‘A-Rod’ Bodega Suffers Ridicule by Association

Ricardo "Ricky" Rodriguez owns A-Rod Grocery, now the target of jokes and ridicule. (Photo via El Diario-La Prensa)

Ricardo (Ricky) Rodríguez owns A-Rod Grocery, now the target of jokes and ridicule. (Photo via El Diario-La Prensa)

In the area around Waverly and Washington Avenues in Brooklyn, a peculiar bodega stands out for its name, once powerful and celebrated. But in recent days, longtime customers have suggested to the owner a new identity.

Ricardo (Ricky) Rodríguez, the owner of A-Rod Grocery, has had to endure an avalanche of complaints and jokes from patrons and friends.

The Clinton Hill bodega was named in honor of Alex Rodríguez, the star third baseman of the New York Yankees who was the youngest player to hit 500 home runs, breaking the 1939 record of the celebrated Jimmie Foxx, and the youngest to arrive at 600, surpassing baseball legend Babe Ruth.

The batter’s brilliant career has been tarnished after he was suspended from playing in 211 major league games following an investigation into the Biogenesis clinic, which was accused of distributing banned substances and of which the player was a client.

“We’re thinking of changing the name because we can’t take so much outcry from the neighbors,” said Rodríguez (no relation to the player). “It’s been 12 years since the bodega is called A-Rod. Back then, the batter was a source of pride for Dominican fans, nobody would have imagined the downfall of the star.”

Before its current name, the bodega which has been four decades in the neighborhood, was called Peña Grocery.

“We still don’t know what to call the bodega, but it’s a fact that some customers are steaming about it, although they continue to buy here because of our history in Clinton Hill,” said Rodríguez, who was also a faithful follower of Dominican pitcher Pedro Martínez.

Rodríguez admitted he was disappointed by A-Rod’s behavior, but acknowledged his natural-born talent.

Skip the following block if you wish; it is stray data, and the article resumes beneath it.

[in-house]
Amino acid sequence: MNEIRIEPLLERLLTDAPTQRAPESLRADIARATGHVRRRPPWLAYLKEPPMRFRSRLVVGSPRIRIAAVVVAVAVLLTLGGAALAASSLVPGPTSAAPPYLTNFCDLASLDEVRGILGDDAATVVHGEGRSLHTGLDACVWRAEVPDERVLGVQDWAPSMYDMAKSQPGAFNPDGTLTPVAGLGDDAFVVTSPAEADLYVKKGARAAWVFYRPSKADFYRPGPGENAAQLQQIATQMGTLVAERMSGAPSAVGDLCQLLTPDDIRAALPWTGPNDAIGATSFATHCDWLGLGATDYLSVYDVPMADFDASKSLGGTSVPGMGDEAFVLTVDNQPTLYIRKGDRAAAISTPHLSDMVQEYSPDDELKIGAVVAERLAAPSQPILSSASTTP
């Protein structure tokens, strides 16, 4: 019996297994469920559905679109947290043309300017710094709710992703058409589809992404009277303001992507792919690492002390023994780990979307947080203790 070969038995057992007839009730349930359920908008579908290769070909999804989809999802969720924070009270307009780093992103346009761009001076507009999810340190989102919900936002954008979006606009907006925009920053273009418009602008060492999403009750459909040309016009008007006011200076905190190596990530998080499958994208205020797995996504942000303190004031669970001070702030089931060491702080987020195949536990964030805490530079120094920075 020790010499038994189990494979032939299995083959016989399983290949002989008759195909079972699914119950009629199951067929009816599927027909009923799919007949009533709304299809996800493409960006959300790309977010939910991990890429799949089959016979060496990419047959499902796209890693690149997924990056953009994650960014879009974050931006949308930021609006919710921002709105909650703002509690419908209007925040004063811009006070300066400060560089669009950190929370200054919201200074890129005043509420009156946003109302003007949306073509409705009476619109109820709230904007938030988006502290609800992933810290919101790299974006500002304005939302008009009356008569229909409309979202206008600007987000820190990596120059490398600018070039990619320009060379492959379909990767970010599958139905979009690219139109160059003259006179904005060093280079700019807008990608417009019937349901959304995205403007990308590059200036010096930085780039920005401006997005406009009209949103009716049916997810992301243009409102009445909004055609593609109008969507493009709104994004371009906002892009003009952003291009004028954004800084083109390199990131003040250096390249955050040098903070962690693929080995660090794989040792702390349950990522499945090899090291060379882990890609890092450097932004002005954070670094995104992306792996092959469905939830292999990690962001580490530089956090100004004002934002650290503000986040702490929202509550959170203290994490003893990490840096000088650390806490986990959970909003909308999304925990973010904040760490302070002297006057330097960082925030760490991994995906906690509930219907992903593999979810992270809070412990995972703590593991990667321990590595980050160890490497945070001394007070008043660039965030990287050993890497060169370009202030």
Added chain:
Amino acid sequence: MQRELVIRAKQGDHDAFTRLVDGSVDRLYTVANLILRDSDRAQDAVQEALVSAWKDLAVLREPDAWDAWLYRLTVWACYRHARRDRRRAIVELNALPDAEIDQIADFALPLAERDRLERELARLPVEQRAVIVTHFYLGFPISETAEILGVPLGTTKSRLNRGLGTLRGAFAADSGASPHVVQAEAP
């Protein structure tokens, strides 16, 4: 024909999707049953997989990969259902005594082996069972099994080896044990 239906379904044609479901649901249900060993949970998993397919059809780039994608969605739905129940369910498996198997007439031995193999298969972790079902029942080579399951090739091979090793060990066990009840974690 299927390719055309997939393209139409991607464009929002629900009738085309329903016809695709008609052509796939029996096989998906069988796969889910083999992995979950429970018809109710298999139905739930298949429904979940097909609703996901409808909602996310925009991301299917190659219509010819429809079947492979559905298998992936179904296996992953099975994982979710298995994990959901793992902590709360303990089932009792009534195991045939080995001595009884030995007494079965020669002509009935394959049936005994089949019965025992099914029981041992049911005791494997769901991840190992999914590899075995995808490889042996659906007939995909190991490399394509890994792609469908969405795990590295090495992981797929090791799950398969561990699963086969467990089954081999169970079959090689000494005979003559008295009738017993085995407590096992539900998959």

Employee Gerardo Domínguez said the former Seattle Mariners and Texas Rangers player is a bad example for young people aspiring to make headway in the sport.

“Everyone who works in this store loves baseball, and we used to believe in the ethics of A-Rod. Without respect for the sport, talent is secondary,” he said.

The back part of the shop has a small photo gallery of Dominican baseball stars, and the basement has a TV room where the businessman and his employees enjoy games during breaks.

Customers give their two cents

Francisco Abreu, a customer, supported the idea of changing the bodega’s name due to the “stain” to the history of prominent baseball players of Dominican heritage.

“People shop here because the community is very fond of the store, but they no longer like the name so much,” Abreu said with a smile. “Fans walk by here, read A-Rod in those big blue letters and ask themselves what is this, who would think to do that?”

Residents said the name of the bodega isn’t important because Rodríguez and his employees are characterized by their friendliness and cheerful nature.

“Here in this neighborhood, we have what A-Rod can’t buy with his millions: a strong sense of respect and honesty,” said Lourdes Gana, a baseball fan.

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